Quarry, a disillusioned Vietnam War vet, returns home to Memphis in 1972 only to find rejection and scrutiny at every step. A mysterious man known only as The Broker gives him an offer he can't refuse - to work for him as a hitman.
Set in the early/mid-1970s, the life and times of a record executive, Richie Finestra (played by Bobby Cannavale). His record company, American Century, has fallen on hard times and he is busy negotiating its sale to Polygram Records. We see how he started in the industry, the start of his company, its ups and downs, the casualties of his progress and what rock music means to him. Meanwhile, he is also an accessory to a murder.Written by
The fictional recording label American Century Records portrayed in the series is abbreviated as ACR, which is the reverse of RCA, which is a real music label owned by Sony Music. See more »
A EIKI 16mm film projector is incorrectly used. Any fully trained projectionist would notice the error, that when projecting forwards, the take-up reel correctly rotates clockwise, however the supply reel incorrectly rotates anti-clockwise. Always when screening movies on a film projector, for all 8mm/9.5mm/16mm/35mm/70mm motion picture films that are not on platters, the supply reel and the take-up reel rotate clockwise when projecting forwards, and on 8mm/9.5mm/16mm film projectors, the supply reel and the take-up reel rotate anti-clockwise when projecting the film in reverse. See more »
Now here's a show that comes at you like a bullet being fired into your face by a Magnum 45. Scorsese, Jagger, and Winter are all tied up with this hard hitting drama about sex, violence, and rock n roll in that classically Scorsese way.
Richie Finestra (Bobby Cannavale) is a coked-out-of-his-mind Scorsese archetype, but this isn't your typical Scorsese outing. This is a story about the underbelly of the music industry, and the blood and guts it takes to get ahead. Jagger and Scorsese both lived in this world of 1970s fight-the-establishment-rock-n-roll-lifestyle, and "Vinyl" captures that vibe and beat from the moment the needle drops on the first episode, to the final song on the last playlist in the season finale.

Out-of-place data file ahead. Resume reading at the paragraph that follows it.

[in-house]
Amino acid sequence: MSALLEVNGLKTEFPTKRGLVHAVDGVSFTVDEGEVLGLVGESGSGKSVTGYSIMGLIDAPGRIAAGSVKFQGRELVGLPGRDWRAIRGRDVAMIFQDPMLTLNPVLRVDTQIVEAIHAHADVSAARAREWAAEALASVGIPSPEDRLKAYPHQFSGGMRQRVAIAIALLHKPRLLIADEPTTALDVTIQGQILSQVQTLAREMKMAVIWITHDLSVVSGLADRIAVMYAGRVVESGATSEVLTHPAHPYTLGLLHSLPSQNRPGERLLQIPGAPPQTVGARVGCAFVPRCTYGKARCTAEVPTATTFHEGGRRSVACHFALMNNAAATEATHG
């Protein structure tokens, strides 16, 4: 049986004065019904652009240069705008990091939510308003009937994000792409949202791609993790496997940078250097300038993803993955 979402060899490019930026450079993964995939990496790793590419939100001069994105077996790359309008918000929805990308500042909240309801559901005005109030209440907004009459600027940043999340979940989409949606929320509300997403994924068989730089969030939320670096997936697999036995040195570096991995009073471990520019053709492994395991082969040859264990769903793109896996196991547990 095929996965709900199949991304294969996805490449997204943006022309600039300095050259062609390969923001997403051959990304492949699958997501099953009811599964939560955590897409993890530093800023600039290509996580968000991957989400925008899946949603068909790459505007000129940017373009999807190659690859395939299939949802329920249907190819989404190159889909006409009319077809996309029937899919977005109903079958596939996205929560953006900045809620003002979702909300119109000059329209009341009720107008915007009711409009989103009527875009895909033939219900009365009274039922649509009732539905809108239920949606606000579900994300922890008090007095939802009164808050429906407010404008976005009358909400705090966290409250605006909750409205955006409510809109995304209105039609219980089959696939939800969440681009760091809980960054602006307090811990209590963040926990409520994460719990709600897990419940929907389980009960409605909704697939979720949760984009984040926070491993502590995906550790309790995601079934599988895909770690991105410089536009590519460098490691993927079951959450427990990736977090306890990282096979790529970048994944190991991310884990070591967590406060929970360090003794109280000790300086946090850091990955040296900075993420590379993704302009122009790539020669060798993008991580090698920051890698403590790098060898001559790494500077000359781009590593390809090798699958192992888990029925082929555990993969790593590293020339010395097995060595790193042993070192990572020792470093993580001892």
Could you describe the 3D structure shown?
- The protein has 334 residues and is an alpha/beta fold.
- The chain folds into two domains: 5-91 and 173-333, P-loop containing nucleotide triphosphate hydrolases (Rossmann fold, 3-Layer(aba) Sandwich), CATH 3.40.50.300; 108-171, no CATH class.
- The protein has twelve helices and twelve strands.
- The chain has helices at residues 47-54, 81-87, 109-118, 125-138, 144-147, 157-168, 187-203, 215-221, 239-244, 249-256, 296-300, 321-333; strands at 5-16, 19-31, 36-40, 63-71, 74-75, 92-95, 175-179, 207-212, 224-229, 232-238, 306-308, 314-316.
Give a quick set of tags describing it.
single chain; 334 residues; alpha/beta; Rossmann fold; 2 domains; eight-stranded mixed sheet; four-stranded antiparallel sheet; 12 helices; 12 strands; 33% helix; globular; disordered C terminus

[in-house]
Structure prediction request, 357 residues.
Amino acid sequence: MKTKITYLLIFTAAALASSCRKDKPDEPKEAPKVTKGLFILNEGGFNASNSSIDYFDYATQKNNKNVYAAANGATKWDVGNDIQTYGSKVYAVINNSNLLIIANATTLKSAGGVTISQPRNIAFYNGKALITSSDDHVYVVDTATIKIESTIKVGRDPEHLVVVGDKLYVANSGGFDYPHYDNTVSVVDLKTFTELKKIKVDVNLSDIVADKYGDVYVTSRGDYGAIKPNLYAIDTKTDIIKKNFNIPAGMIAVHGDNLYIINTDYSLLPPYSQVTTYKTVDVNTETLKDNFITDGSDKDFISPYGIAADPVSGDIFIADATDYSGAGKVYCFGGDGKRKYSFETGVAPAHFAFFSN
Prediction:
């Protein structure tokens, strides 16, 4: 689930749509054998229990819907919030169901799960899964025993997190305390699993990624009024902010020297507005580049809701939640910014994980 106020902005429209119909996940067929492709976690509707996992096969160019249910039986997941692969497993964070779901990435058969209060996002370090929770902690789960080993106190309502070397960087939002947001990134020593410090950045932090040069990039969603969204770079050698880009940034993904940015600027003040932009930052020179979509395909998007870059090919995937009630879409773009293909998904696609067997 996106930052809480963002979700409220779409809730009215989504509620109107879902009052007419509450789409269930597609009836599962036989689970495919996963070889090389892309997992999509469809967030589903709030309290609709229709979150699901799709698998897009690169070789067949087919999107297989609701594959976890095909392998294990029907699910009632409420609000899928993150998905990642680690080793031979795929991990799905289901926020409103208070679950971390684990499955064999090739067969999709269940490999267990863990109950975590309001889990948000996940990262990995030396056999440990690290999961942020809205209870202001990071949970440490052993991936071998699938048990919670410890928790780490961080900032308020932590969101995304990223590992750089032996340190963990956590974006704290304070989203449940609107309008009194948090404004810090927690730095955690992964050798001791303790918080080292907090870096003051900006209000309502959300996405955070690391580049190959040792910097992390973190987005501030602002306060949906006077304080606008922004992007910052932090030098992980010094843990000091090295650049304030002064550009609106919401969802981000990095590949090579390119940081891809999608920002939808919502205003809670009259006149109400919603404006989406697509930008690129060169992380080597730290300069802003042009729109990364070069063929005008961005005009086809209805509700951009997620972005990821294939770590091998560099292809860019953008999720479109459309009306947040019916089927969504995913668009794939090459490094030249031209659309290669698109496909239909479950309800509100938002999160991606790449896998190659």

"Vinyl" follows a cocky records man named Richie Finestra, who chooses to not sell his company to a willing European conglomerate over plain prejudice, and blind rebellion. What ensues is a chaotic whirlwind of cause and effect, attributed to the faults of Finestra's deepest weakness: ego. But this isn't the story of the misunderstood monster, so much as its a story of bold entrepreneurship, and the dangers that come with artistic integrity and going at it on your own.
Bobby Cannavale has a raw acting quality that is perfect for a Scorsese lead, and reminds me of a young Marlon Brando; I mean the Brando of films like "A Streetcar Named Desire" and "On the Waterfront." There's some sort of star making quality there, and Cannavale sells the shows dramatic chops so effortlessly. By the end of the season, he really makes Richie Finestra into a great TV legend, like Walter White, or Sherlock Holmes (the Cumberbatch version), or Don Draper, or Frank Underwood.
This is definitely not a soap opera with lame characters. Often, "Vinyl" is insanely addictive to watch, and every episode pushes the story to unsuspecting arch's or twists. I am not shitting you when I say that I was enormously intrigued by how the characters talked and acted, and was still shocked to have the rug pulled out from underneath me when I least expected it.
"Vinyl" has a lot to offer in its first season, but it also leaves a lot to be desired, which is a good thing, as I feel many shows often try to say what they have to within their first season out of fear of not getting another chance. But Scorsese, Jagger, and Winter are all veteran talents, and consistently prove that with their good handle on great writing, directing and overall showmanship. "Vinyl," so far is one of my brand spanking new favorites from the 2016 run of HBO shows.
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